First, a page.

Friday, December 14, 2018

Why We Should Sweat the Small Stuff

Whoever can be trusted with very little can also be trusted with much, 
and whoever is dishonest with very little will also be dishonest with much. 
~Jesus (Luke 16:10)

This is a startling statement made by Jesus to those who think we shouldn't sweat the small stuff. What he makes very clear in this statement is that integrity matters in the details, in the mundane, in the hidden. How we conduct ourselves in trivial matters is an accurate predictor of how we will conduct ourselves in large things.

The great basketball coach John Wooden said, "The true test of a man's character is what he does when no one is watching.”

Charles Haddon Spurgeon put it this way in 1876: "I think you may judge a man’s character by the persons whose affection he seeks. If you find a man seeking only the affection of those who are great, depend upon it he is ambitious and self-seeking; but when you observe that a man seeks the affection of those who can do nothing for him, but for whom he must do everything, you know that he is not seeking himself, but that pure benevolence sways his heart."

Other memorable quotes about character include:

"A man’s character is most evident by how he treats those who are not in a position either to retaliate or reciprocate." ~Paul Eldridge, novelist, 1948

“You can easily judge the character of a man by how he treats those who can do nothing for him.” ~Malcolm S. Forbes, publisher, 1972

Because of the times in which these quotes were written, the generic term "man" is used, but of course, this doesn't let women off the hook. Jesus' words, in the NIV translation, state clearly that this measure of character and integrity applies to human beings across the board, regardless of gender, age, or any other difference.

Wise King Solomon reminds us that character also is reflected in how we treat animals:  "The righteous care for the needs of their animals, but the kindest acts of the wicked are cruel." (Proverbs 12:10)

Further teaching from Jesus also talks directly to not flaunting good deeds: "Be careful not to practice your righteousness in front of others to be seen by them. If you do, you will have no reward from your Father in heaven. So when you give to the needy, do not announce it with trumpets, as the hypocrites do in the synagogues and on the streets, to be honored by others. Truly I tell you, they have received their reward in full. But when you give to the needy, do not let your left hand know what your right hand is doing, so that your giving may be in secret. Then your Father, who sees what is done in secret, will reward you." (Matthew 6:1-4)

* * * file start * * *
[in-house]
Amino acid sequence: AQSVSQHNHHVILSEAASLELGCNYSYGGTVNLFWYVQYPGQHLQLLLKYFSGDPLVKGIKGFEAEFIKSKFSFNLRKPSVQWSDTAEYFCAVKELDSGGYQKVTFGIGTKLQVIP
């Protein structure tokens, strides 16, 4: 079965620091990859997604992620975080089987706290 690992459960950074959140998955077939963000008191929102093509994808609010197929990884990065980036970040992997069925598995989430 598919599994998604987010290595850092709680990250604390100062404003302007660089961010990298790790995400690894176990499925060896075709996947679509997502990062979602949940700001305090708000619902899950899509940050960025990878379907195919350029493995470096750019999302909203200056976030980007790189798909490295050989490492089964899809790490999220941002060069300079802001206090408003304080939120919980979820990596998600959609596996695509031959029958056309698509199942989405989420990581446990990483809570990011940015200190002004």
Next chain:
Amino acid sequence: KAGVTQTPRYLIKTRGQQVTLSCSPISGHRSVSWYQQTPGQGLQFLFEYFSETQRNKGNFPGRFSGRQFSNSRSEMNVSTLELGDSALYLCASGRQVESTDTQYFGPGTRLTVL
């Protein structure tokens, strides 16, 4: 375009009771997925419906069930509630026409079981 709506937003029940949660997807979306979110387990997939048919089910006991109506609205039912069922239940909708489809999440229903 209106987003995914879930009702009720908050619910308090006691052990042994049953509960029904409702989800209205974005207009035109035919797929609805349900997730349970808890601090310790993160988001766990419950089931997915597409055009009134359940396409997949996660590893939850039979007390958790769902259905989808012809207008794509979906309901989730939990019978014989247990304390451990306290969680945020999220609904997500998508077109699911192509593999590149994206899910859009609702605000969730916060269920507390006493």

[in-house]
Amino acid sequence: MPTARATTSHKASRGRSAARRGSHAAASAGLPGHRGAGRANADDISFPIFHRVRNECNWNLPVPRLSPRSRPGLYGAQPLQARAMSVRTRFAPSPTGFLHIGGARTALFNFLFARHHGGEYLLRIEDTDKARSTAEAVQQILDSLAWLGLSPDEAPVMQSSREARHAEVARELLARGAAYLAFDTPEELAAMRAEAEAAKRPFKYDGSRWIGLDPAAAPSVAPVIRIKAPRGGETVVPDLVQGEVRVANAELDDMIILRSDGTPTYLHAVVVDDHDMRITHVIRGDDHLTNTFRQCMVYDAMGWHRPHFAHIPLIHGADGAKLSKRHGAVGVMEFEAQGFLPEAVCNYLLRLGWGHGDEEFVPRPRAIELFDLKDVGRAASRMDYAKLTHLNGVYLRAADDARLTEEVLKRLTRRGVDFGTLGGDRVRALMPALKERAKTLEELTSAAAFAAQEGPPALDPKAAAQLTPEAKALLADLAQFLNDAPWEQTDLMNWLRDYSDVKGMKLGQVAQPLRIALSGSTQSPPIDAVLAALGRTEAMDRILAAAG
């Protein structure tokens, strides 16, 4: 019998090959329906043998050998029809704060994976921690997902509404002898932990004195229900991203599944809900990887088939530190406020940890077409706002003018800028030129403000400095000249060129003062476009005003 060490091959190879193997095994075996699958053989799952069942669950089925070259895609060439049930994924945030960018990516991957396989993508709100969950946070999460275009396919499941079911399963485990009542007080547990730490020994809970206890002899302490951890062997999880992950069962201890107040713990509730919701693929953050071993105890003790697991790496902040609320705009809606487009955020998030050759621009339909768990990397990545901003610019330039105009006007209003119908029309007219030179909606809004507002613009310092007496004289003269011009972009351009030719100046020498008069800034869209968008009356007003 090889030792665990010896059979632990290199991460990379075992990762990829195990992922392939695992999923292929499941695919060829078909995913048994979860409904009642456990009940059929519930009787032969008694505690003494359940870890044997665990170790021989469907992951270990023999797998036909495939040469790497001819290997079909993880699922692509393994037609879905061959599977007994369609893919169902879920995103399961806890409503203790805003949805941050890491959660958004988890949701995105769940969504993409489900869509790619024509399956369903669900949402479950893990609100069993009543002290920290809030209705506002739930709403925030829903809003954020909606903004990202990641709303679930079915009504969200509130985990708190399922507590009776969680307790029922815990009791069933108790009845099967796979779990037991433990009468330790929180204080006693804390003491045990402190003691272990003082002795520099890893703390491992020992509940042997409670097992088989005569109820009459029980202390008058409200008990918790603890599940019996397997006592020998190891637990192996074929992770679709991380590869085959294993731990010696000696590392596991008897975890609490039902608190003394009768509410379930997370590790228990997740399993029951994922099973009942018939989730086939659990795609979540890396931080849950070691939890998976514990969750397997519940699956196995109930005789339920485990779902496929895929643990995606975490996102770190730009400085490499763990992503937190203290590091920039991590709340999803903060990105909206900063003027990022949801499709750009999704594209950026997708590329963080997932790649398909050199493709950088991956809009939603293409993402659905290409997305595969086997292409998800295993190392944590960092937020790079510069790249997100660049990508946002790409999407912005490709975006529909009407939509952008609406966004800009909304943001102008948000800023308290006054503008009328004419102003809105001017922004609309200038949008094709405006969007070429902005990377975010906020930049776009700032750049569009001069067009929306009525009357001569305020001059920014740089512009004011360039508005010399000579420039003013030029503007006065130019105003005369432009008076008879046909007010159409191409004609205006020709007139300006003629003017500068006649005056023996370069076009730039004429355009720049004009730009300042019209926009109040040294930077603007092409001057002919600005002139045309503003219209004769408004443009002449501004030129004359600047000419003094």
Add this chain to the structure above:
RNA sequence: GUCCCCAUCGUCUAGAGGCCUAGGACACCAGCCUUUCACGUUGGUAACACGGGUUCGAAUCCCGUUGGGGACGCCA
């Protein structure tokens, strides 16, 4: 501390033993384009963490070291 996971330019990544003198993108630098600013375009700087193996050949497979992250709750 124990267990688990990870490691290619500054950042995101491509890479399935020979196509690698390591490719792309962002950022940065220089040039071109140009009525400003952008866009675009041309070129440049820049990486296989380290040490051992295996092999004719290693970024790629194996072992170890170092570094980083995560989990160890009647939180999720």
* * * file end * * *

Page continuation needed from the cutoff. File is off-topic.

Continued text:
This seems to contradict what Jesus said just a few moments before in Matthew 5:16: "...let your light shine before others, that they may see your good deeds and glorify your Father in heaven."  However, if we look at the immediate context, this is a concluding statement in an analogy of how his disciples are to be like salt and light, influencing others and improving situations by their consistent character and righteous behaviour.

Here's the entire paragraph: “You are the light of the world. A town built on a hill cannot be hidden. Neither do people light a lamp and put it under a bowl. Instead they put it on its stand, and it gives light to everyone in the house. In the same way, let your light shine before others, that they may see your good deeds and glorify your Father in heaven." (Matthew 5:14-16)

In the Matthew 6 statement, Jesus criticized those who were doing things for personal honor. In the Matthew 5 statement, Jesus indicates the purpose of good works is so God will be glorified. Why? Because everything good comes from Him (James 1:17), and anyone who claims to follow Him should reflect the character of Jesus, and of the Holy Spirit who lives in all true believers. God does not give us His Spirit so that we personally gain from it, but so that His glory is made plainly evident to all those who witness our lives.

It's not about me.

How I conduct myself, whether I am seen or unseen, in small things or large, should always be a reflection of the One whom I follow. Every task, no matter how (seemingly) insignificant, is an opportunity to do good and live right. What I do and how I respond becomes a habit, and habits become patterns that will determine how I conduct myself in weightier matters.

Prayer: Lord, I want to be faithful in the little things. I trust in Your strength to help me persevere and do what is right in even the most boring of circumstances, when I'm tempted to cut corners. Thank You for empowering me by Your Spirit to live in such a way, every day, every moment, that if anyone were to witness my actions at any time, they would say, "Glory to God! That person lives like Jesus."

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